As with the previous generations of consoles, the current
generation are getting a lot of alternative controllers to
the ones packed in the box. While third party controllers
have been available since the launch of each of the consoles,
it took some time to get new official controllers that were
a little different (except for the GameCube, see below).
Playstation 2 - Much like the Playstation before,
Sony has recently released a series of colored Dual
Shock 2 controllers in Emerald Green, Slate Grey and Blue
at a suggest retail cost of $24.99. Other than the colored
casing, there is no real difference between these and the
original black one that came with the console. Oddly enough,
Sony made no effort to let anyone know they were releasing
these. None of the major news sites knew about it and their
website doesn't even have them listed. But, I'm sure you'll
be able to find one to buy either online or in the store.
The review score has not changed from the original
Xbox - If you've paid any attention to console gaming,
you've probably heard the complaints about the pack-in controller
for the Xbox. "It's too big!" "The D-Pad isn't that good."
"The button placement isn't all that good." Well, Microsoft
took the criticism in stride and made a new version of the
controller for the Japanese launch of the console, but in
turn, brought the new controller back to the states (with
some minor redesign) and released it in May of 2002 under
the name Controller S for an original suggested retail price
of $39.95. A few months later, they dropped the price to a
more competitive $29.95.
For those who thought the original controller was too big,
this one is perfect. Also, the four main buttons (A, B, X
and Y) are placed in a diamond pattern and are now circular
buttons. Also, the D-pad is a more traditional layout and
I would have to say it's the best D-pad I've used in a while.
The Black and White buttons have been moved down below the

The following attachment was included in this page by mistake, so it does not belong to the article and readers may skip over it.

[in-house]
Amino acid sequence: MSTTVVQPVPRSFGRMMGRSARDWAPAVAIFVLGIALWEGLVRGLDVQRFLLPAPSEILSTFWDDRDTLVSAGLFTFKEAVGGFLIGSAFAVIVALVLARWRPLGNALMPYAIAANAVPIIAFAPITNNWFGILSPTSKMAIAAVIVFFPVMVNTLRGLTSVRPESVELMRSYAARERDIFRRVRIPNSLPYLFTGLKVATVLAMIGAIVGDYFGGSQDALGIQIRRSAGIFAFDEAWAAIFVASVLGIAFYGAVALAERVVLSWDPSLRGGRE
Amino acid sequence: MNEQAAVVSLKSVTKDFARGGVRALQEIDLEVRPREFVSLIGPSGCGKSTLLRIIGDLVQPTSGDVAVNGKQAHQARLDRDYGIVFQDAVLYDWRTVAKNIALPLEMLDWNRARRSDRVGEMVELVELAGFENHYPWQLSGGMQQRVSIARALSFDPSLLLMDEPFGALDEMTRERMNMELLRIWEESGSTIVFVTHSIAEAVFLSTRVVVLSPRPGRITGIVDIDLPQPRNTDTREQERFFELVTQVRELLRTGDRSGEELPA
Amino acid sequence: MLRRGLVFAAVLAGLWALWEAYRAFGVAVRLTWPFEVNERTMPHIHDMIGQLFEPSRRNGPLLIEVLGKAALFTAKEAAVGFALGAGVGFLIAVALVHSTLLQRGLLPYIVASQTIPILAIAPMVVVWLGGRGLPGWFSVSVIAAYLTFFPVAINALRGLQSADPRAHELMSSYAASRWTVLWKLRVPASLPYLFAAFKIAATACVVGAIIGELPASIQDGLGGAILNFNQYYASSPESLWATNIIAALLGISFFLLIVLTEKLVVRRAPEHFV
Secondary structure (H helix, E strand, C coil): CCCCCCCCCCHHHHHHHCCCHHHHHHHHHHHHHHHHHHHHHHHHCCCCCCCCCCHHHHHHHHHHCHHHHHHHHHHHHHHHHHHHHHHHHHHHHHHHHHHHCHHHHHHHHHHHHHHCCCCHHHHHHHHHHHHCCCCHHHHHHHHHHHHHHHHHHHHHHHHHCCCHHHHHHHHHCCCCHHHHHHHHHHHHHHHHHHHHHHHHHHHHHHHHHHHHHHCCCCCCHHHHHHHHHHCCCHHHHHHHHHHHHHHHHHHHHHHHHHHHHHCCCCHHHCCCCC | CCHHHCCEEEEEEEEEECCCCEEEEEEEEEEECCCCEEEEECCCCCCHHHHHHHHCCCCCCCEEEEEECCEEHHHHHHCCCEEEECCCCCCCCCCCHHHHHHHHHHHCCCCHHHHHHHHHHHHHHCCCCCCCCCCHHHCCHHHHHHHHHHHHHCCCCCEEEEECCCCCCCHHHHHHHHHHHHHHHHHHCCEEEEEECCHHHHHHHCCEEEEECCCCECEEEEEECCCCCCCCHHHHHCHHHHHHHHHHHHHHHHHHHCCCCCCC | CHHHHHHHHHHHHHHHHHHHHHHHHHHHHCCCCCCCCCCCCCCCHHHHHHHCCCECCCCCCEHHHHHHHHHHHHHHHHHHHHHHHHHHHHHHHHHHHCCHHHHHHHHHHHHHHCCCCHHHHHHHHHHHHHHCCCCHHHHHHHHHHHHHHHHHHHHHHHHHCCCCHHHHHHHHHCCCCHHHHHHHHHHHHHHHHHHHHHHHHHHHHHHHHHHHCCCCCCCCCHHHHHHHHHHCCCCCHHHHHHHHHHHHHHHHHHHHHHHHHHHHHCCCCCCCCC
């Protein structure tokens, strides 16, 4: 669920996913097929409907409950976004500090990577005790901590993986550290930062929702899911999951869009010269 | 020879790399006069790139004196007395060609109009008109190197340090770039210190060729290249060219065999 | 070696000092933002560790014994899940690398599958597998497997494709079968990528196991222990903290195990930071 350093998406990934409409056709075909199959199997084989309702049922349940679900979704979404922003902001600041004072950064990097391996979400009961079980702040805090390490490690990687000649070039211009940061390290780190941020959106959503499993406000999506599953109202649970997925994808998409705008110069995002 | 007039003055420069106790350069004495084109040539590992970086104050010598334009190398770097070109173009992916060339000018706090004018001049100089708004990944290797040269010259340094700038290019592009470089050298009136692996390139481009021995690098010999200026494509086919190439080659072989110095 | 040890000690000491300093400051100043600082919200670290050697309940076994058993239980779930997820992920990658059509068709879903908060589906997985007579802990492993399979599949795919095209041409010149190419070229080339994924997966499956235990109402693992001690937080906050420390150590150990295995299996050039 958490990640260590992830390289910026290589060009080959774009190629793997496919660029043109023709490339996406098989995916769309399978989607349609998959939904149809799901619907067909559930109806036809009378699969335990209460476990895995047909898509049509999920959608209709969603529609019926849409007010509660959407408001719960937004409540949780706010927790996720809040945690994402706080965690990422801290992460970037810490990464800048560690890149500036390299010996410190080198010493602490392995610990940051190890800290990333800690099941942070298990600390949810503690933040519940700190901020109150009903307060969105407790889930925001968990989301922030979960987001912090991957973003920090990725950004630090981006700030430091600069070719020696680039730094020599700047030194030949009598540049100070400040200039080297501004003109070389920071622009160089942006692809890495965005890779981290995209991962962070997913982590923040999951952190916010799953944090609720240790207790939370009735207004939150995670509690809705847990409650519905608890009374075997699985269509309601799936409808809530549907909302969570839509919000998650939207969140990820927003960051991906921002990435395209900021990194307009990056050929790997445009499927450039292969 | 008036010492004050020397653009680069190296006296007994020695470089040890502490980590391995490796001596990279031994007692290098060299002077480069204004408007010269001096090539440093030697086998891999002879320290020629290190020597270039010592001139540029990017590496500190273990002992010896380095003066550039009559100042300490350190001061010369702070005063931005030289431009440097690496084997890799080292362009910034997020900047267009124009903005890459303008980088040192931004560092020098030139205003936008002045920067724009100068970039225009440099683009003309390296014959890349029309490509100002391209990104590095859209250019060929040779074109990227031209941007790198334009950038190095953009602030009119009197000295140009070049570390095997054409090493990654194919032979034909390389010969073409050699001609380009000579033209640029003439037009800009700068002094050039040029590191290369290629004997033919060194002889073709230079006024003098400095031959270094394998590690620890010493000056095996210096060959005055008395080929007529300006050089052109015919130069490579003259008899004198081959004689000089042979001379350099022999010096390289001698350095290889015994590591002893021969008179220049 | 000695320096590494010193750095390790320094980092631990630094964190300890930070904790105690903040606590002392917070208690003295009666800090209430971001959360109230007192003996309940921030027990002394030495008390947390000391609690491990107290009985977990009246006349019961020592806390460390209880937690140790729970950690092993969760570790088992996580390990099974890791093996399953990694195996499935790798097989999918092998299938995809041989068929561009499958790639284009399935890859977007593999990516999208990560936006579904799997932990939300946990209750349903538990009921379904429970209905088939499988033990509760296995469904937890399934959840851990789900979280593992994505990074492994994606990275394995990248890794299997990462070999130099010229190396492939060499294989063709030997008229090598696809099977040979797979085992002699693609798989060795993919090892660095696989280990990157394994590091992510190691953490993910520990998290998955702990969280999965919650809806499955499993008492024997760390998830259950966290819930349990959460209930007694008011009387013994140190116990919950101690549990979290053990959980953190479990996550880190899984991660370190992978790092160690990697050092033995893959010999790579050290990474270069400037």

main diamond and recessed, so some players may have a hard
time with their placement. That and the placement of the Start
and Back buttons are purely preference based as to whether
they're better or not. For those who thought the original
controller was just fine, you might actually find the controller
a little small. Either way, Controller S is a good controller
that's perfect to use for a number of genres, including fighters.
GameCube - When the GameCube launched, Nintendo already
had a variety of colored controllers, including black, purple,
orange and a two-tone of purple and clear. So, Nintendo really
had no need to create newly designed controllers. Instead,
they wanted to make an official remote controller, called
the Wavebird, which was released in June at a suggested retail
cost of $34.95. At the same time, Nintendo dropped the cost
of their regular controllers to $24.95.
Since Nintendo really didn't alter the layout
of the buttons, there's not much different I can say about
things that have been commented
before. The bottom of the controller is larger so you
can put the required 2 AA batteries that the controller needs
to operate. Nintendo states that 2 batteries will net around
100 hours of gameplay, but I have yet to challenge this statement.
With 16 channels frequencies, you can have up to four Wavebirds
on one GameCube console. The only drawback with this may be
that there's only one color, so you'll need to make sure you
pick up the right controller when playing with friends. Also,
there's no force-feedback, which might be an issue is certain
games where it's a part of the gameplay. The controller is
a little heavier, but not much more.